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Chile: Vintage Report 2010

Produced by Viña Concha y Toro

From a climatic point of view, the winter in the 2009 – 2010 season was normal to fresh. Rainfalls were spread between winter and spring, while the summer and autumn were dry. In terms of temperatures, it was a cooler year than average with a cold spring, while in the summer, average maximum temperatures were lower than in previous seasons.

Late frosts occurred in the spring in some valleys which affected the fruit set process. This resulted in lower yields per hectare than projected due to a reduction in the size of the grapes and the weight of the bunches, with low alcoholic levels at the start. The varieties most affected in terms of yield were Cabernet Sauvignon, Carmenere, Chardonnay and Sauvignon Blanc.

The climatic condition during the fruit set, plus the lower average maximum temperatures in the summer, produced a slower ripening of the grape and a delay of approximately two weeks in beginning the harvest, in mid March, compared to an average year.

The harvesting period lasted longer than an average year and thanks to favorable weather conditions, with no rain during the whole time, we were able to harvest grapes in an excellent sanitary condition and with sufficient time for them to acquire their optimum ripeness. Thus all the projected aptitudes were met, with the respective expected quality.

The delay in the start of the harvest enabled us to have those cellars that were affected by the earthquake of February 27 in the center–south of Chile in optimum conditions. It also permitted good cellar management and a timely response to the harvest times of each of the varieties in the different valleys.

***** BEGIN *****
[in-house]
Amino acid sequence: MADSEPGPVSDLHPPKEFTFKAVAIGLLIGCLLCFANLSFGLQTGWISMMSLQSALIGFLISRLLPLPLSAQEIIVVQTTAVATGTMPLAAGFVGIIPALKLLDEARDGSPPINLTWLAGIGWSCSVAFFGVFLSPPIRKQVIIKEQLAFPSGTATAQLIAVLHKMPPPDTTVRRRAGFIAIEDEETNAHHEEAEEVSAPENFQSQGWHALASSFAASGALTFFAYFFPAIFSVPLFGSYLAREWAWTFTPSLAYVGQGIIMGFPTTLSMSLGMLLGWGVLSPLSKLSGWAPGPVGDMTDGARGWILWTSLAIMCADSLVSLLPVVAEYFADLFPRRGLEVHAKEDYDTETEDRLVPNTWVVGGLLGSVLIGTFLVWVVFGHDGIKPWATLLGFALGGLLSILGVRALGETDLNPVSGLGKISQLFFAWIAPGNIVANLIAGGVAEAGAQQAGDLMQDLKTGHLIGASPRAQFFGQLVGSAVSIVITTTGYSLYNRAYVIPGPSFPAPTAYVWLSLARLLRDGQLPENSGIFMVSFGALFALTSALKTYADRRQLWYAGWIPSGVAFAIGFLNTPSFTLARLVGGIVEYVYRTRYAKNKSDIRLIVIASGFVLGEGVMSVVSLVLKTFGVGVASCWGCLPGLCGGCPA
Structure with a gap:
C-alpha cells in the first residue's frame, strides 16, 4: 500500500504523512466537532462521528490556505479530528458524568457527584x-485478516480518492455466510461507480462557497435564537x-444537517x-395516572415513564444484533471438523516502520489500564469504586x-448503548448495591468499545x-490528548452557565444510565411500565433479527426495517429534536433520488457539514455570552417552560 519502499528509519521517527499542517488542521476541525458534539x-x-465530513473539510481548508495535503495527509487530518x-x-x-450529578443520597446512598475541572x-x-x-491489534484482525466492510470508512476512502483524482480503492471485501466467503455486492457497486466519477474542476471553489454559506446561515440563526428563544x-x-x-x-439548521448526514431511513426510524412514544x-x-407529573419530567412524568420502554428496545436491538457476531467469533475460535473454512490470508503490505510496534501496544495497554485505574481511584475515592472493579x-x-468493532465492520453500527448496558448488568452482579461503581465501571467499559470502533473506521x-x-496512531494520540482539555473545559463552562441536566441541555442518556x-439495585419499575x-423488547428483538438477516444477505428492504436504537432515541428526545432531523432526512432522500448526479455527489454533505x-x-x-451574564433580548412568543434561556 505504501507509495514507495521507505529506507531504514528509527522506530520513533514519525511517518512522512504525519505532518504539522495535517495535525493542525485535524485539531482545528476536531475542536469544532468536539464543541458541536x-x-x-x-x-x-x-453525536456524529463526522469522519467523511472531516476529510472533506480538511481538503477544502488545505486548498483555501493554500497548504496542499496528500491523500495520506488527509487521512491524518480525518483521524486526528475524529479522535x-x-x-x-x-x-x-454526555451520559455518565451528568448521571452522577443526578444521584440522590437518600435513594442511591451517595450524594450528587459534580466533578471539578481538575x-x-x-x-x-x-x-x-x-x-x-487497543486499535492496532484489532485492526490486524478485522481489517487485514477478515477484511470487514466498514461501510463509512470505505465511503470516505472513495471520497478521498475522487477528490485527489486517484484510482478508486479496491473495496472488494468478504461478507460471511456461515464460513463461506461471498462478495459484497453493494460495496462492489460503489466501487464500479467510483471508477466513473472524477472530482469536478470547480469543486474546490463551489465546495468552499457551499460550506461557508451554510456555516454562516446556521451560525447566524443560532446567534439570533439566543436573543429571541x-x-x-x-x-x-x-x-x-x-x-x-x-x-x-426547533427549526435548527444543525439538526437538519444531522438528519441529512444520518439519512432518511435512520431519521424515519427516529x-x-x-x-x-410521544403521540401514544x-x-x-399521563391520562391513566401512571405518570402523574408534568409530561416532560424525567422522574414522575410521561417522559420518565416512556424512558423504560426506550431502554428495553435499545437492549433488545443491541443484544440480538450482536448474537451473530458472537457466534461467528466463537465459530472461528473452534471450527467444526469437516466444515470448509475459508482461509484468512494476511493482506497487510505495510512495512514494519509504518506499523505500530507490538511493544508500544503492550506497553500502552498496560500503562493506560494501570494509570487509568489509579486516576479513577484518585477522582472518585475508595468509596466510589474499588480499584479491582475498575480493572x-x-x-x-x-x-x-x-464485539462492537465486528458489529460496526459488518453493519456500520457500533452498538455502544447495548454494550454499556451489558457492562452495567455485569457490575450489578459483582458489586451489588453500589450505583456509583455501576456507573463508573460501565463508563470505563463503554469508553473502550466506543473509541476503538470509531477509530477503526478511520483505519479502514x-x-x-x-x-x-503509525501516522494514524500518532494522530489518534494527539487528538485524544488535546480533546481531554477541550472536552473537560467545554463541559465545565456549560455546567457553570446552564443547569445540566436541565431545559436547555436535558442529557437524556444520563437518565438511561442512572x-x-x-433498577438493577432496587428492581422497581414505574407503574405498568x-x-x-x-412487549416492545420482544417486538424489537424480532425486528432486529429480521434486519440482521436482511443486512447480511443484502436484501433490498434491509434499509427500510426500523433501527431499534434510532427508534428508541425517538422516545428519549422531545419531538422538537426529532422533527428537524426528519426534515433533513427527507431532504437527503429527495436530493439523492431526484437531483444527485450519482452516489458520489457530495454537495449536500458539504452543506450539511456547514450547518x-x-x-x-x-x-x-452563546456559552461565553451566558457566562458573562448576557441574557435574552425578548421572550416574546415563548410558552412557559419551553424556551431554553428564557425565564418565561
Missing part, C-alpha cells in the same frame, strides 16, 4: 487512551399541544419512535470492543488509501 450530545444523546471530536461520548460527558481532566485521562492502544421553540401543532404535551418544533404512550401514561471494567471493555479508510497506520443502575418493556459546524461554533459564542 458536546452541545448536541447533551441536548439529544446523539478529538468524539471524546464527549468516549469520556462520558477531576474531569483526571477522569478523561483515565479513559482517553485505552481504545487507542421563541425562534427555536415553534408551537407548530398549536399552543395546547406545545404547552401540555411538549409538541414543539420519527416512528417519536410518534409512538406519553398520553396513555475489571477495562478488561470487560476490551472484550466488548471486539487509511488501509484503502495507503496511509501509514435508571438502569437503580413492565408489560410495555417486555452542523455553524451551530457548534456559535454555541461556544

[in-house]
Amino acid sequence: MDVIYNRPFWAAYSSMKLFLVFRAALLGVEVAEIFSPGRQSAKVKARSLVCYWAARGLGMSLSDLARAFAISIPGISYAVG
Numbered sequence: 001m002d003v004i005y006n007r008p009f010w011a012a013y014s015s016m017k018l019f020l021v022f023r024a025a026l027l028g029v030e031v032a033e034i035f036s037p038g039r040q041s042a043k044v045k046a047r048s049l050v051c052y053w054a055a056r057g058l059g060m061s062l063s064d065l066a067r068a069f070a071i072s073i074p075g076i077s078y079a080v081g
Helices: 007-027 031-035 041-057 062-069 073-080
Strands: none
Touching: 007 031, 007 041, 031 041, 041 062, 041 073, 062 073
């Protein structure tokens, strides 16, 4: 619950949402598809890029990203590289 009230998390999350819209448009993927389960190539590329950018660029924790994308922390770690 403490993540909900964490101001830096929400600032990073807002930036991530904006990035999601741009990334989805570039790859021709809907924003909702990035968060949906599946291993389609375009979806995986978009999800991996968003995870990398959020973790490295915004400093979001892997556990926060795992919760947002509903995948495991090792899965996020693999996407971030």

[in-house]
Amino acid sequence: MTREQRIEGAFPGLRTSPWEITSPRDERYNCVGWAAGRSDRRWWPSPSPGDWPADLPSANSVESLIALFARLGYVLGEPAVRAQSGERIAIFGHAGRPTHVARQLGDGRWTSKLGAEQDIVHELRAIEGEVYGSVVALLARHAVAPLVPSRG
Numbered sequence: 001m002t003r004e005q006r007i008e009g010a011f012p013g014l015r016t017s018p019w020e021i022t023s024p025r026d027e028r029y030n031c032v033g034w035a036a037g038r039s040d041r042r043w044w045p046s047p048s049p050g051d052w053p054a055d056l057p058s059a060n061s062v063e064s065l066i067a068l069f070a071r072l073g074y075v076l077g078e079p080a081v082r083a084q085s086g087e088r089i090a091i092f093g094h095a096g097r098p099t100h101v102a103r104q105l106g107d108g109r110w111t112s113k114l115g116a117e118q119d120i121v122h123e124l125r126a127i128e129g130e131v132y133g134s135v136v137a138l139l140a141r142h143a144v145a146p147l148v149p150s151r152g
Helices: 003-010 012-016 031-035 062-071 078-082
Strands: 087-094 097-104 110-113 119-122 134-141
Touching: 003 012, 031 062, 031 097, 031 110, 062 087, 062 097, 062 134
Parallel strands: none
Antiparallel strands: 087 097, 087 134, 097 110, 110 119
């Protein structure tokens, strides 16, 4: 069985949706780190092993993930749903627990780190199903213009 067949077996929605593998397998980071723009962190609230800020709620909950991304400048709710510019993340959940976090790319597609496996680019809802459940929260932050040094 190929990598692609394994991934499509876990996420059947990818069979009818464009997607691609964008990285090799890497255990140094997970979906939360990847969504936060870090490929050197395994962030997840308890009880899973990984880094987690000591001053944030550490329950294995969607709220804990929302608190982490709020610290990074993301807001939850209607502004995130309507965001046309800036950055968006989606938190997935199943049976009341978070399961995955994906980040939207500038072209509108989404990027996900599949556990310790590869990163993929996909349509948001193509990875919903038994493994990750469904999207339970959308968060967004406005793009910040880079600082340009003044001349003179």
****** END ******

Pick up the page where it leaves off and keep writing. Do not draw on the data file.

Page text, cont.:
In general, more concentrated wines were produced because of the skin-pulp ratio of the smaller bunches, and fresher wines due to the late ripening and generally lower alcoholic levels. All these conditions augur well for the high quality of the 2010 vintage.

Regarding the whites, these are fresh and concentrated wines with good tipicity and well balanced in acidity, pH and alcoholic levels. For the reds in general, the delay in their ripening enabled them to enter the cellars at the right moment, producing fresh and fruity wines, very concentrated and of excellent color and intensity. The Merlot grape entered its winemaking process at the end of March, followed by Cabernet Sauvignon, Syrah and finally Carmenere in mid May.

By valley, the Limarí was especially notable for the Chardonnay and Pinot Noir; Casablanca for the Sauvignon Blanc and Pinot Noir; Maipo for the Cabernet Sauvignon and Syrah; Rapel for the Merlot and Carmenere, while, in the coastal sector, the Sauvignon Blanc and Pinot Noir; Curicó, the Syrah and Sauvignon Blanc; and Maule, the Merlot and Syrah.


Produced by Viña Concha y Toro
Santiago, June 2010